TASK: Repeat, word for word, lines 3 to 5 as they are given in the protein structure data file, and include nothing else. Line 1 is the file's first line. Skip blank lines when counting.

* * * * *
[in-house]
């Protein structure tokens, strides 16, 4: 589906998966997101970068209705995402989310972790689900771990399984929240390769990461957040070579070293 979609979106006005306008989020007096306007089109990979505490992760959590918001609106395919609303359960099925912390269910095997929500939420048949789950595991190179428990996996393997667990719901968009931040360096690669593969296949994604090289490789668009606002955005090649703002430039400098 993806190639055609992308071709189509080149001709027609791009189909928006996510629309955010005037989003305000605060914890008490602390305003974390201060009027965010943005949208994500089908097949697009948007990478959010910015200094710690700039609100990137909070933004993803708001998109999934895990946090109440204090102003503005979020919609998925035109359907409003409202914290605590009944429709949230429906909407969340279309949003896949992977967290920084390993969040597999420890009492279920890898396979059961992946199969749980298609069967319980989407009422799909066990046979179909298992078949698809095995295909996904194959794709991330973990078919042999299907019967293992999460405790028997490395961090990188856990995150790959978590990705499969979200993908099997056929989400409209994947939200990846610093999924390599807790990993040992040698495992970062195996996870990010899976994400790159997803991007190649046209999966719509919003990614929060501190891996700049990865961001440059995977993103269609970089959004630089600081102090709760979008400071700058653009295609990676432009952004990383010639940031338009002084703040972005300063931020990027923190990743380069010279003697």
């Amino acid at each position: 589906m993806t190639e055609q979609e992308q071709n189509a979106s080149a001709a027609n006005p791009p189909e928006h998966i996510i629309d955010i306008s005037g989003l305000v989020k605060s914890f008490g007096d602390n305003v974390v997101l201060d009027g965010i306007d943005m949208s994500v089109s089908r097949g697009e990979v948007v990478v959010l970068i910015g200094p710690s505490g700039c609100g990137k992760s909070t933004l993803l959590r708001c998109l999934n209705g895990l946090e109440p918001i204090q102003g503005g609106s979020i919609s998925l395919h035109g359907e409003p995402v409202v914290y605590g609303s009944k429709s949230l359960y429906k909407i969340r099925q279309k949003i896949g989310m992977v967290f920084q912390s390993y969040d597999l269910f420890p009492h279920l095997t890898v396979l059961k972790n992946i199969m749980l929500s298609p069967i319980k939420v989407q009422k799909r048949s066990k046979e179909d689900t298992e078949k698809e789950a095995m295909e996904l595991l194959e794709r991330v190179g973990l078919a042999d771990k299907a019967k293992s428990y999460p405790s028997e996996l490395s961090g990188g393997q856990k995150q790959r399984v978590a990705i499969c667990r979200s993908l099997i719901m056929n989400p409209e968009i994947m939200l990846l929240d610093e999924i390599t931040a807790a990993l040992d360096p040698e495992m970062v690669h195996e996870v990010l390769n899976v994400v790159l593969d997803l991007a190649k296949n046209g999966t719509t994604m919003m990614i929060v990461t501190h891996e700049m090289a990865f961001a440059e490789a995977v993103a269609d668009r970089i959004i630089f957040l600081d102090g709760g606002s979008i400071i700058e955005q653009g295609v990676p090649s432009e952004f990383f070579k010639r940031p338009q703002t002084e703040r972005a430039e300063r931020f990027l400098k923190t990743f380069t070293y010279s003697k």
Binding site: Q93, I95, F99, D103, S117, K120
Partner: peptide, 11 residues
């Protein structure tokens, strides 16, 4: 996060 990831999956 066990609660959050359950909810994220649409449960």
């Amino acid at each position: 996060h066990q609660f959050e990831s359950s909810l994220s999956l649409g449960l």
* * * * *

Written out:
């Amino acid at each position: 589906m993806t190639e055609q979609e992308q071709n189509a979106s080149a001709a027609n006005p791009p189909e928006h998966i996510i629309d955010i306008s005037g989003l305000v989020k605060s914890f008490g007096d602390n305003v974390v997101l201060d009027g965010i306007d943005m949208s994500v089109s089908r097949g697009e990979v948007v990478v959010l970068i910015g200094p710690s505490g700039c609100g990137k992760s909070t933004l993803l959590r708001c998109l999934n209705g895990l946090e109440p918001i204090q102003g503005g609106s979020i919609s998925l395919h035109g359907e409003p995402v409202v914290y605590g609303s009944k429709s949230l359960y429906k909407i969340r099925q279309k949003i896949g989310m992977v967290f920084q912390s390993y969040d597999l269910f420890p009492h279920l095997t890898v396979l059961k972790n992946i199969m749980l929500s298609p069967i319980k939420v989407q009422k799909r048949s066990k046979e179909d689900t298992e078949k698809e789950a095995m295909e996904l595991l194959e794709r991330v190179g973990l078919a042999d771990k299907a019967k293992s428990y999460p405790s028997e996996l490395s961090g990188g393997q856990k995150q790959r399984v978590a990705i499969c667990r979200s993908l099997i719901m056929n989400p409209e968009i994947m939200l990846l929240d610093e999924i390599t931040a807790a990993l040992d360096p040698e495992m970062v690669h195996e996870v990010l390769n899976v994400v790159l593969d997803l991007a190649k296949n046209g999966t719509t994604m919003m990614i929060v990461t501190h891996e700049m090289a990865f961001a440059e490789a995977v993103a269609d668009r970089i959004i630089f957040l600081d102090g709760g606002s979008i400071i700058e955005q653009g295609v990676p090649s432009e952004f990383f070579k010639r940031p338009q703002t002084e703040r972005a430039e300063r931020f990027l400098k923190t990743f380069t070293y010279s003697k």
Binding site: Q93, I95, F99, D103, S117, K120
Partner: peptide, 11 residues